>>> FindRoot[expr,{s,2.7},WorkingPrecision->240,
>>> PrecisionGoal->120],{1,2}]);
>>> <<NumberTheory`Recognize`
>>> fax=Drop[Map[First,FactorList[Recognize[srootval,30,s]]],1]
>>> minpoly=First[Select[fax,Chop[#/.sroot]===0&]]
>>> sexactroot=Solve[minpoly==0][[2]]
>>> sexactroot//N
>>>
>>> Thank you for your time,
>>
>> See bottom. For better or worse I decided to keep the whole post so it
>> would at least be self contained.
>>
>>
>>> On 5/19/05, Daniel Lichtblau <danl at wolfram.com> wrote:
>>>
>>>> David W. Cantrell wrote:
>>>>
>>>>> This question must have an obvious answer!
>>>>>
>>>>> A certain expression, given below my signature, involves nothing
>>>>> worse than
>>>>> some nested square roots. It equals 0 for a value of the variable
>>>>> s near
>>>>> 2.707, easily approximated using FindRoot. However, I would like
>>>>> to get
>>>>> that value expressed precisely as a Root object. Trying to use
>>>>> Solve or
>>>>> Reduce to do that, Mathematica seems to take "forever".
>>>>>
>>>>> Of course, I could do this by hand; in the days before CASs --
>>>>> before I got
>>>>> spoiled by them! -- I wouldn't have hesitated to do so. But surely
>>>>> there
>>>>> must be an easy way to get Mathematica to give that value as a
>>>>> Root object.
>>>>> How?
>>>>>
>>>>> David Cantrell
>>>>>
>>>>>
>>>>> (-1 + Sqrt[2] - Sqrt[(1 + 2*Sqrt[2] - s)*(-1 + s)] + s)*(-1 -
>>>>> Sqrt[2] +
>>>>> Sqrt[2]*s - Sqrt[-1 - 2*Sqrt[2] + 2*(2 + Sqrt[2] - s)*s]) -
>>>>> (-1 - Sqrt[2] + Sqrt[2]*s + Sqrt[-1 - 2*Sqrt[2] + 2*(2 + Sqrt[2] -
>>>>> s)*s])*
>>>>> (-2 - 2*Sqrt[2] + 2*s + 2*Sqrt[1 - (1/4)*(-1 - Sqrt[2] + Sqrt[(1 +
>>>>> 2*Sqrt[2] - s)*(-1 + s)] + s)^2])
>>>>
>>>> There are a few reasonable methods. Here are some.
>>>>
>>>> expr = (-1 + Sqrt[2] - Sqrt[(1 + 2*Sqrt[2] - s)*(-1 + s)] + s)*(-1 -
>>>> Sqrt[2] +
>>>> Sqrt[2]*s - Sqrt[-1 - 2*Sqrt[2] + 2*(2 + Sqrt[2] - s)*s]) -
>>>> (-1 - Sqrt[2] + Sqrt[2]*s + Sqrt[-1 - 2*Sqrt[2] + 2*(2 + Sqrt[2] -
>>>> s)*s])*
>>>> (-2 - 2*Sqrt[2] + 2*s + 2*Sqrt[1 - (1/4)*(-1 - Sqrt[2] + Sqrt[(1 +
>>>> 2*Sqrt[2] - s)*(-1 + s)] + s)^2]);
>>>>
>>>> Method 1.
>>>>
>>>> First we use numerical approximation to recognize a root polynomial.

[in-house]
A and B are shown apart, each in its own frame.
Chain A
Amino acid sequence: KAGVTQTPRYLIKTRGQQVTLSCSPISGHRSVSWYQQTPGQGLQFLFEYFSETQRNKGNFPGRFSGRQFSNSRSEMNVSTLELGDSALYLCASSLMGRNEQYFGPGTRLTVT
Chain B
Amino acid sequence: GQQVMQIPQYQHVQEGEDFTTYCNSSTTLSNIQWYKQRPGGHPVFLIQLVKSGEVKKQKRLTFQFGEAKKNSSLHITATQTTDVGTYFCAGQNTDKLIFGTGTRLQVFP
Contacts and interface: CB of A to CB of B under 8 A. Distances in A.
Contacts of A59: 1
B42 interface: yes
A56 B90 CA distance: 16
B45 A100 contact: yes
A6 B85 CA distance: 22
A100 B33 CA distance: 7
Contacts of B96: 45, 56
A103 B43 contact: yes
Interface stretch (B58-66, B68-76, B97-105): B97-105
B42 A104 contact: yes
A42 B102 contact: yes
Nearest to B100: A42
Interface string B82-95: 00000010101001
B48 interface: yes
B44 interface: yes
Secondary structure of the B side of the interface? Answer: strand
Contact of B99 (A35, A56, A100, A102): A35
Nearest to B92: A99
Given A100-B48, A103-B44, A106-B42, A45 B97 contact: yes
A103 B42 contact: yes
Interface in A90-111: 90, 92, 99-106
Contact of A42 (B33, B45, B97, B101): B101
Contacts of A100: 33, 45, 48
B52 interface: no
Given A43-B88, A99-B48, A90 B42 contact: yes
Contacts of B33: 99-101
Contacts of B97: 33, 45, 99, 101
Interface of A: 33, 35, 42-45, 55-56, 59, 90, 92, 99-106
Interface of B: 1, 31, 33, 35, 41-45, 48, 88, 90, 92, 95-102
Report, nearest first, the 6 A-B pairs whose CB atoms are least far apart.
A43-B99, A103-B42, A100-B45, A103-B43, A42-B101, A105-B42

>>>> Due, I suspect, to nested radicals, we'll get a small spurious
>>>> imaginary
>>>> part which I remove using Re.
>>>>
>>>> In[5]:= InputForm[srootval = Re[s/.sroot]]
>>>> Out[5]//InputForm=
>>>> 2.706945837045705738269073202812169790793196895164013983001575249106
>>>> 155514352\
>>>> 266542032260316431664549796229819466076004645196713561849037`120.
>>>>
>>>> To find a candidate polynomial we'll use Recognize (uses a method
>>>> based
>>>> on lattice reduction), then factor, and find the factor with the
>>>> right root.
>>>>
>>>> <<NumberTheory`Recognize`
>>>> fax = Drop[Map[First,FactorList[Recognize[srootval, 30, s]]],1];
>>>> InputForm[minpoly = First[Select[fax,
>>>> Chop[#/.sroot,10^(-acc)]===0&]]]
>>>>
>>>> Why is the factorization needed? Because the larger product
>>>> polynomial
>>>> has smaller vector norm in the lattice than does the actual minimal
>>>> polynomial.
>>>>
>>>> Method 2.
>>>>
>>>> We'll compute a Groebner basis with 's' the main variable. The hope,
>>>> born out in this case, is that internal handling of algebraics will
>>>> force to the fore a "polynomial" in s.
>>>>
>>>> gb = GroebnerBasis[expr, s];
>>>>
>>>> I do not show it here, but the polynomial we want is readily seen
>>>> to be
>>>> the first one. Again we'll factor and find the one with the correct
>>>> root. As there are algebraics in the coefficients of this
>>>> polynomial we
>>>> use Extension->Automatic in the factoring.
>>>>
>>>> poly = First[gb];
>>>> fax2 = Drop[Map[First,FactorList[poly, Extension->Automatic]]];
>>>>
>>>> In[21]:= InputForm[minpoly2 = First[Select[fax2,
>>>> Chop[#/.sroot,10^(-acc)]===0&]]]
>>>> Out[21]//InputForm=
>>>> -136 - 96*Sqrt[2] + (512 + 364*Sqrt[2])*s + (-804 -
>>>> 578*Sqrt[2])*s^2 +
>>>> (676 + 486*Sqrt[2])*s^3 + (-329 - 220*Sqrt[2])*s^4 + (96 +